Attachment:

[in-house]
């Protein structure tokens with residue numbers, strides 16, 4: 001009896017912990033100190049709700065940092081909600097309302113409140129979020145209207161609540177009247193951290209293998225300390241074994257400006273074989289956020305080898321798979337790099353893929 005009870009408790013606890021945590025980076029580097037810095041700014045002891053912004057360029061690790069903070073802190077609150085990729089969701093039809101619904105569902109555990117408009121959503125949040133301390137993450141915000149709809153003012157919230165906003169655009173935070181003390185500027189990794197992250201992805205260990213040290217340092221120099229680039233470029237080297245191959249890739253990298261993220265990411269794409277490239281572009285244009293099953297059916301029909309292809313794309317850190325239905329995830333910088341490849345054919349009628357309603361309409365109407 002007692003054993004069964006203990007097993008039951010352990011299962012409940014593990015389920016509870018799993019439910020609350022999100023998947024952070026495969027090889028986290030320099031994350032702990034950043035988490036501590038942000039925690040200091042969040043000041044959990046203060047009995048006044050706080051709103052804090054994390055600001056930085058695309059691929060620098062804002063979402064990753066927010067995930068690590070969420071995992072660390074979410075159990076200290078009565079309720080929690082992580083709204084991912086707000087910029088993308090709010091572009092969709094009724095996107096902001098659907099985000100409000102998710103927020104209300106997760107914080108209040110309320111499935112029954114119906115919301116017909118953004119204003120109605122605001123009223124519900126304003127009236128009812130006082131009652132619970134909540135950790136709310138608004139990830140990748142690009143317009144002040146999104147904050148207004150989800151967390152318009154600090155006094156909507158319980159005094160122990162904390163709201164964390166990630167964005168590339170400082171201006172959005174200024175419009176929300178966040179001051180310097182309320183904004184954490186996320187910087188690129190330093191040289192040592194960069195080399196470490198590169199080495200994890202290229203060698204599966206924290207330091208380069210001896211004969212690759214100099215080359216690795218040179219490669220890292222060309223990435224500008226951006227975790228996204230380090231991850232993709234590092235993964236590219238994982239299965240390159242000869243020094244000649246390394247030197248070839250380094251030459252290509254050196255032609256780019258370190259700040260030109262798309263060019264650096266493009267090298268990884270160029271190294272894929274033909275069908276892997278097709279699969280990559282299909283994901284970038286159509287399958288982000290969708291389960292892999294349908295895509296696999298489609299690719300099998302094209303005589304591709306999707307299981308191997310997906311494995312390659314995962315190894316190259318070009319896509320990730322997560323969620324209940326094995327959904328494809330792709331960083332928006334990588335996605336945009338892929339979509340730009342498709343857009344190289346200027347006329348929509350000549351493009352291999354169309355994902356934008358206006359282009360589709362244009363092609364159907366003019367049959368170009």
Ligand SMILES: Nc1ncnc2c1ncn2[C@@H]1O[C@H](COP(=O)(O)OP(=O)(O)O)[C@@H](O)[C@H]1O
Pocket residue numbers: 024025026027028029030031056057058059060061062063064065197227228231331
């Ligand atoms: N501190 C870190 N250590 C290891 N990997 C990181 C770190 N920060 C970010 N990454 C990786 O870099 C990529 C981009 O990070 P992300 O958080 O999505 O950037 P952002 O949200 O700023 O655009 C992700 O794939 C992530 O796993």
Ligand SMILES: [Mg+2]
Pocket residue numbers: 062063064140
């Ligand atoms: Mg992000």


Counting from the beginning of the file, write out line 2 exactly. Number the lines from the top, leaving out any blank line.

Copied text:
């Protein structure tokens with residue numbers, strides 16, 4: 001009896017912990033100190049709700065940092081909600097309302113409140129979020145209207161609540177009247193951290209293998225300390241074994257400006273074989289956020305080898321798979337790099353893929 005009870009408790013606890021945590025980076029580097037810095041700014045002891053912004057360029061690790069903070073802190077609150085990729089969701093039809101619904105569902109555990117408009121959503125949040133301390137993450141915000149709809153003012157919230165906003169655009173935070181003390185500027189990794197992250201992805205260990213040290217340092221120099229680039233470029237080297245191959249890739253990298261993220265990411269794409277490239281572009285244009293099953297059916301029909309292809313794309317850190325239905329995830333910088341490849345054919349009628357309603361309409365109407 002007692003054993004069964006203990007097993008039951010352990011299962012409940014593990015389920016509870018799993019439910020609350022999100023998947024952070026495969027090889028986290030320099031994350032702990034950043035988490036501590038942000039925690040200091042969040043000041044959990046203060047009995048006044050706080051709103052804090054994390055600001056930085058695309059691929060620098062804002063979402064990753066927010067995930068690590070969420071995992072660390074979410075159990076200290078009565079309720080929690082992580083709204084991912086707000087910029088993308090709010091572009092969709094009724095996107096902001098659907099985000100409000102998710103927020104209300106997760107914080108209040110309320111499935112029954114119906115919301116017909118953004119204003120109605122605001123009223124519900126304003127009236128009812130006082131009652132619970134909540135950790136709310138608004139990830140990748142690009143317009144002040146999104147904050148207004150989800151967390152318009154600090155006094156909507158319980159005094160122990162904390163709201164964390166990630167964005168590339170400082171201006172959005174200024175419009176929300178966040179001051180310097182309320183904004184954490186996320187910087188690129190330093191040289192040592194960069195080399196470490198590169199080495200994890202290229203060698204599966206924290207330091208380069210001896211004969212690759214100099215080359216690795218040179219490669220890292222060309223990435224500008226951006227975790228996204230380090231991850232993709234590092235993964236590219238994982239299965240390159242000869243020094244000649246390394247030197248070839250380094251030459252290509254050196255032609256780019258370190259700040260030109262798309263060019264650096266493009267090298268990884270160029271190294272894929274033909275069908276892997278097709279699969280990559282299909283994901284970038286159509287399958288982000290969708291389960292892999294349908295895509296696999298489609299690719300099998302094209303005589304591709306999707307299981308191997310997906311494995312390659314995962315190894316190259318070009319896509320990730322997560323969620324209940326094995327959904328494809330792709331960083332928006334990588335996605336945009338892929339979509340730009342498709343857009344190289346200027347006329348929509350000549351493009352291999354169309355994902356934008358206006359282009360589709362244009363092609364159907366003019367049959368170009």